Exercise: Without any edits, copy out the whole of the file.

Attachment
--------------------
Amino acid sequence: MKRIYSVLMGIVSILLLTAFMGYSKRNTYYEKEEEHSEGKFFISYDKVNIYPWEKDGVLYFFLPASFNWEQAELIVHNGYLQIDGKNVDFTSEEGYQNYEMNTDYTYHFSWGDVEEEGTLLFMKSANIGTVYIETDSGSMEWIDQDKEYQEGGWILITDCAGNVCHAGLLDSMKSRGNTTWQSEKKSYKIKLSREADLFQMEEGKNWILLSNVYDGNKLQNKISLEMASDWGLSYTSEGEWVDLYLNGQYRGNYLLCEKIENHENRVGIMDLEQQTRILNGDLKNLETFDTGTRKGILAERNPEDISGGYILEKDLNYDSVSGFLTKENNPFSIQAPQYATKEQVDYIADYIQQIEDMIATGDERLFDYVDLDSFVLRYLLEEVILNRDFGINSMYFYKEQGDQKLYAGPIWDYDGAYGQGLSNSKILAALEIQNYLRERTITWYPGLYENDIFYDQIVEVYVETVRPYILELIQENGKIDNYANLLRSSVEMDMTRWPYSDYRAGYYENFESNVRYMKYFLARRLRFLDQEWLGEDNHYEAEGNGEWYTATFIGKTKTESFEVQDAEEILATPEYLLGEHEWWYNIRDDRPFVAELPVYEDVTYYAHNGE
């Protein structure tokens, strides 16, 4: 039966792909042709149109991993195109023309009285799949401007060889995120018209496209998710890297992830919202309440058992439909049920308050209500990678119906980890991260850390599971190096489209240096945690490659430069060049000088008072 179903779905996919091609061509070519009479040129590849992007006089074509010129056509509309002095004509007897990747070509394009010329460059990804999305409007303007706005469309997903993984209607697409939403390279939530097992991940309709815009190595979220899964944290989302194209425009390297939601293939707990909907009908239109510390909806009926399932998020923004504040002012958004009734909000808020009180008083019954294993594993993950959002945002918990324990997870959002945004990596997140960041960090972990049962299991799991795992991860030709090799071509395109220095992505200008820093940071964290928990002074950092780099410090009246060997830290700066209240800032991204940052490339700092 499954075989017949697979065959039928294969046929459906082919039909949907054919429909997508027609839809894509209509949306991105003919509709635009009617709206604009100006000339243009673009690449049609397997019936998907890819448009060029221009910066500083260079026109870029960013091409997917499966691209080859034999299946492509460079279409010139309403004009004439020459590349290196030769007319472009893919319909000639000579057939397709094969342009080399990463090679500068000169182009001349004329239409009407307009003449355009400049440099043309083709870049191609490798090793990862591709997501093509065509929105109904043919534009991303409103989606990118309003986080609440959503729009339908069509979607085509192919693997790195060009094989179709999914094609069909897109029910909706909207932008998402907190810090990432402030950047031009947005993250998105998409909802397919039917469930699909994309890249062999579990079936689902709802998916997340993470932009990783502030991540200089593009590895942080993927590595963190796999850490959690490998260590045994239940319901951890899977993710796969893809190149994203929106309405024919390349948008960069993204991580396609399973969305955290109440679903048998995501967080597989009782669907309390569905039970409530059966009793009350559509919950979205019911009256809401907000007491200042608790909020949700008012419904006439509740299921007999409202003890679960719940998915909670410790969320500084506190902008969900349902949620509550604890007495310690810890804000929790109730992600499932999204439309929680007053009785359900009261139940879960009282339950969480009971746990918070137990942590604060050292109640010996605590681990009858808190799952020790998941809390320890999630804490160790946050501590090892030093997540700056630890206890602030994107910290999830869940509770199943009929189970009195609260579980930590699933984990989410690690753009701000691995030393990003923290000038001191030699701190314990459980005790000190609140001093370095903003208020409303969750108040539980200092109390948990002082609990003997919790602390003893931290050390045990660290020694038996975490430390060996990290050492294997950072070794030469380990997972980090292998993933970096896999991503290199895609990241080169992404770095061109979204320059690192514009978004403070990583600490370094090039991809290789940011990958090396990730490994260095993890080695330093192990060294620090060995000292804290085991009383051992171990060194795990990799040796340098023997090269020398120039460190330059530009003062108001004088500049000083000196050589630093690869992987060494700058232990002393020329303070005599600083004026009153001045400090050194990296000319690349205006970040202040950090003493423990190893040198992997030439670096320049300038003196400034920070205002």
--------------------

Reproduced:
Amino acid sequence: MKRIYSVLMGIVSILLLTAFMGYSKRNTYYEKEEEHSEGKFFISYDKVNIYPWEKDGVLYFFLPASFNWEQAELIVHNGYLQIDGKNVDFTSEEGYQNYEMNTDYTYHFSWGDVEEEGTLLFMKSANIGTVYIETDSGSMEWIDQDKEYQEGGWILITDCAGNVCHAGLLDSMKSRGNTTWQSEKKSYKIKLSREADLFQMEEGKNWILLSNVYDGNKLQNKISLEMASDWGLSYTSEGEWVDLYLNGQYRGNYLLCEKIENHENRVGIMDLEQQTRILNGDLKNLETFDTGTRKGILAERNPEDISGGYILEKDLNYDSVSGFLTKENNPFSIQAPQYATKEQVDYIADYIQQIEDMIATGDERLFDYVDLDSFVLRYLLEEVILNRDFGINSMYFYKEQGDQKLYAGPIWDYDGAYGQGLSNSKILAALEIQNYLRERTITWYPGLYENDIFYDQIVEVYVETVRPYILELIQENGKIDNYANLLRSSVEMDMTRWPYSDYRAGYYENFESNVRYMKYFLARRLRFLDQEWLGEDNHYEAEGNGEWYTATFIGKTKTESFEVQDAEEILATPEYLLGEHEWWYNIRDDRPFVAELPVYEDVTYYAHNGE
């Protein structure tokens, strides 16, 4: 039966792909042709149109991993195109023309009285799949401007060889995120018209496209998710890297992830919202309440058992439909049920308050209500990678119906980890991260850390599971190096489209240096945690490659430069060049000088008072 179903779905996919091609061509070519009479040129590849992007006089074509010129056509509309002095004509007897990747070509394009010329460059990804999305409007303007706005469309997903993984209607697409939403390279939530097992991940309709815009190595979220899964944290989302194209425009390297939601293939707990909907009908239109510390909806009926399932998020923004504040002012958004009734909000808020009180008083019954294993594993993950959002945002918990324990997870959002945004990596997140960041960090972990049962299991799991795992991860030709090799071509395109220095992505200008820093940071964290928990002074950092780099410090009246060997830290700066209240800032991204940052490339700092 499954075989017949697979065959039928294969046929459906082919039909949907054919429909997508027609839809894509209509949306991105003919509709635009009617709206604009100006000339243009673009690449049609397997019936998907890819448009060029221009910066500083260079026109870029960013091409997917499966691209080859034999299946492509460079279409010139309403004009004439020459590349290196030769007319472009893919319909000639000579057939397709094969342009080399990463090679500068000169182009001349004329239409009407307009003449355009400049440099043309083709870049191609490798090793990862591709997501093509065509929105109904043919534009991303409103989606990118309003986080609440959503729009339908069509979607085509192919693997790195060009094989179709999914094609069909897109029910909706909207932008998402907190810090990432402030950047031009947005993250998105998409909802397919039917469930699909994309890249062999579990079936689902709802998916997340993470932009990783502030991540200089593009590895942080993927590595963190796999850490959690490998260590045994239940319901951890899977993710796969893809190149994203929106309405024919390349948008960069993204991580396609399973969305955290109440679903048998995501967080597989009782669907309390569905039970409530059966009793009350559509919950979205019911009256809401907000007491200042608790909020949700008012419904006439509740299921007999409202003890679960719940998915909670410790969320500084506190902008969900349902949620509550604890007495310690810890804000929790109730992600499932999204439309929680007053009785359900009261139940879960009282339950969480009971746990918070137990942590604060050292109640010996605590681990009858808190799952020790998941809390320890999630804490160790946050501590090892030093997540700056630890206890602030994107910290999830869940509770199943009929189970009195609260579980930590699933984990989410690690753009701000691995030393990003923290000038001191030699701190314990459980005790000190609140001093370095903003208020409303969750108040539980200092109390948990002082609990003997919790602390003893931290050390045990660290020694038996975490430390060996990290050492294997950072070794030469380990997972980090292998993933970096896999991503290199895609990241080169992404770095061109979204320059690192514009978004403070990583600490370094090039991809290789940011990958090396990730490994260095993890080695330093192990060294620090060995000292804290085991009383051992171990060194795990990799040796340098023997090269020398120039460190330059530009003062108001004088500049000083000196050589630093690869992987060494700058232990002393020329303070005599600083004026009153001045400090050194990296000319690349205006970040202040950090003493423990190893040198992997030439670096320049300038003196400034920070205002």